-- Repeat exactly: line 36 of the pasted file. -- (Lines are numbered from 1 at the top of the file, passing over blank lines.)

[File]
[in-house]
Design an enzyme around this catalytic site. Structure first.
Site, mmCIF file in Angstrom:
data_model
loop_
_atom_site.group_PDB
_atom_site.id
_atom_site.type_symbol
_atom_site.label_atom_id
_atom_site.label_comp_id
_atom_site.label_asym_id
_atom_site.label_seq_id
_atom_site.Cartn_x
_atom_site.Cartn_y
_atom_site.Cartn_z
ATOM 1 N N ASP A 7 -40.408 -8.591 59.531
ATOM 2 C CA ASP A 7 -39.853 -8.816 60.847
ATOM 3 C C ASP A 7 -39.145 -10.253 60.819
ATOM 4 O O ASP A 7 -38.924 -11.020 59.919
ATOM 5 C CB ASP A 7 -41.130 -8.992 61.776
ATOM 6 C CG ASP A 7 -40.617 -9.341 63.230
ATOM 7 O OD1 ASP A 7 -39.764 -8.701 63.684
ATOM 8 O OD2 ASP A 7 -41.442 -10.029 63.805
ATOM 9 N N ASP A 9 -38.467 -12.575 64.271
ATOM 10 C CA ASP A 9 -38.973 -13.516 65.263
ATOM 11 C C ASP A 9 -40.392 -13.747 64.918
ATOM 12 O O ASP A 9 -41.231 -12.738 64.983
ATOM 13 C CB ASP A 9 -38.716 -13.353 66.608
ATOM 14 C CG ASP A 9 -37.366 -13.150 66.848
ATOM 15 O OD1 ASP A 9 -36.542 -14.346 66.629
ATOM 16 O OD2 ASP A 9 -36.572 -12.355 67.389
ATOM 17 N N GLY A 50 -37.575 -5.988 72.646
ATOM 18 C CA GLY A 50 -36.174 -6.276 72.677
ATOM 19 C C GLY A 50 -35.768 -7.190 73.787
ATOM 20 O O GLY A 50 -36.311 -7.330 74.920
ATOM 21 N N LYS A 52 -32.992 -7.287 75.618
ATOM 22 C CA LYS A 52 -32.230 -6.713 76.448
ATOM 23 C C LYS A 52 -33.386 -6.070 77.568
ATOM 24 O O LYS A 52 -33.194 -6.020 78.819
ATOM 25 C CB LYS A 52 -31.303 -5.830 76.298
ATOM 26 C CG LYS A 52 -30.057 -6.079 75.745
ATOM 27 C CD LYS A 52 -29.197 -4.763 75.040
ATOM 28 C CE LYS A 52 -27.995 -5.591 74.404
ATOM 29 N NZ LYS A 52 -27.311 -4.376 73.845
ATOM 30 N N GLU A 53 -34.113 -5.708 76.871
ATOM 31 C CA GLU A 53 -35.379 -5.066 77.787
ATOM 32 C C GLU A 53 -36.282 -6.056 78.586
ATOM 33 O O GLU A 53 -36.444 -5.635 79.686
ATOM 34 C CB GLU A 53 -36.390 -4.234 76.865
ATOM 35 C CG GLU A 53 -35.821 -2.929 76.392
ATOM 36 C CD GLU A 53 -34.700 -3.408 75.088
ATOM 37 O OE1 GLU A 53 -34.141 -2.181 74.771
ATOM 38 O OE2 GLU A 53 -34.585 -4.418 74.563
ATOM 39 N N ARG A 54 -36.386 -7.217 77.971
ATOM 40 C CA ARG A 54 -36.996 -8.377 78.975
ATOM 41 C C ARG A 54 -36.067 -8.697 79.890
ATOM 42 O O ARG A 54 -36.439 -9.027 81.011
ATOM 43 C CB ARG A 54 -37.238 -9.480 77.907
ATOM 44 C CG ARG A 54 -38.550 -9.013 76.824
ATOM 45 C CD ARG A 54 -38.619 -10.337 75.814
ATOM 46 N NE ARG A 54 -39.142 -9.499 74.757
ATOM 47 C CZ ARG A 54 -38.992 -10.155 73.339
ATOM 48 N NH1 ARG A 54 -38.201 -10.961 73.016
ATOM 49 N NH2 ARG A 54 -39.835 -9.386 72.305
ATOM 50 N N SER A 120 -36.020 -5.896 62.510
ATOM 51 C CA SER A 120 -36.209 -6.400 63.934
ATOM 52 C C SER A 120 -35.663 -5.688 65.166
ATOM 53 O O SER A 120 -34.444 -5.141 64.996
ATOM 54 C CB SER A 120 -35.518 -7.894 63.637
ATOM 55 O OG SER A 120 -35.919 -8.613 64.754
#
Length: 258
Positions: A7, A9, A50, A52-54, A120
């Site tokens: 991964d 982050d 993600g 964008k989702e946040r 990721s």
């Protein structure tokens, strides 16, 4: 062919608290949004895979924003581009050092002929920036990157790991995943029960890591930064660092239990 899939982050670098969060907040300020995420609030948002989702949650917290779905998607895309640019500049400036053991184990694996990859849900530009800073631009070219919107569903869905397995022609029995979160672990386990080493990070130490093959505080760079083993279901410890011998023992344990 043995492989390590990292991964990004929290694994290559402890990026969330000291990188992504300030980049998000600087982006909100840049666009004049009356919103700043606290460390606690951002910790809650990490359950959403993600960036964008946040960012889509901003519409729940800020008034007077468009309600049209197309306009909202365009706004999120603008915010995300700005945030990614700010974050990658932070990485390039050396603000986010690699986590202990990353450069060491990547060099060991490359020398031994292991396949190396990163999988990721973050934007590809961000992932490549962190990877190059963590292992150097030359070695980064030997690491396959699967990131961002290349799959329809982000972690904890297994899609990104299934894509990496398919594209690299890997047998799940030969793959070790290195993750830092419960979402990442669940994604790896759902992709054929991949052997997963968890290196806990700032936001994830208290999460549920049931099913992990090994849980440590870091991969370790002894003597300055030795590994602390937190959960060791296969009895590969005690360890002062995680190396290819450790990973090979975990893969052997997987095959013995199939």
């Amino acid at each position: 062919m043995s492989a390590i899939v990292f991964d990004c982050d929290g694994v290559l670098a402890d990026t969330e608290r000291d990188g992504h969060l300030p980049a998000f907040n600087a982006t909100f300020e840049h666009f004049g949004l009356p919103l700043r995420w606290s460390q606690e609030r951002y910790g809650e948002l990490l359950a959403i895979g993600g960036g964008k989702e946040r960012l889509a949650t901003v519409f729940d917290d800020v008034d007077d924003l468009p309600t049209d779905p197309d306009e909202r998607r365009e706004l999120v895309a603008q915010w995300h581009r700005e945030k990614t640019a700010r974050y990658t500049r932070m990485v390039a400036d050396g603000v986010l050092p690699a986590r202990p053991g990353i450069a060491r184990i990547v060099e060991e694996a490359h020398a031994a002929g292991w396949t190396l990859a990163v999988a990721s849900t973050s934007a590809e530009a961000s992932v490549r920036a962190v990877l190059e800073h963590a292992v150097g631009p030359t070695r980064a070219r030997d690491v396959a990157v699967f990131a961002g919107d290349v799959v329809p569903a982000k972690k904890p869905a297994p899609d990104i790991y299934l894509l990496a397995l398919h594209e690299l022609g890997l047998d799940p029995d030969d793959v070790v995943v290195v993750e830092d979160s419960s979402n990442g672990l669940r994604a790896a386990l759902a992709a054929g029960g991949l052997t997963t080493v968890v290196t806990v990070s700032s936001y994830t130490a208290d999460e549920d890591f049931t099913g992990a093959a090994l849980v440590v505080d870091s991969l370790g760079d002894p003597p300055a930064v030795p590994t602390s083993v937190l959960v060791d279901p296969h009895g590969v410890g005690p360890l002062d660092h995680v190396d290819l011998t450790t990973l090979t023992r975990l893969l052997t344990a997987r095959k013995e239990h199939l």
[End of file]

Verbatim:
ATOM 21 N N LYS A 52 -32.992 -7.287 75.618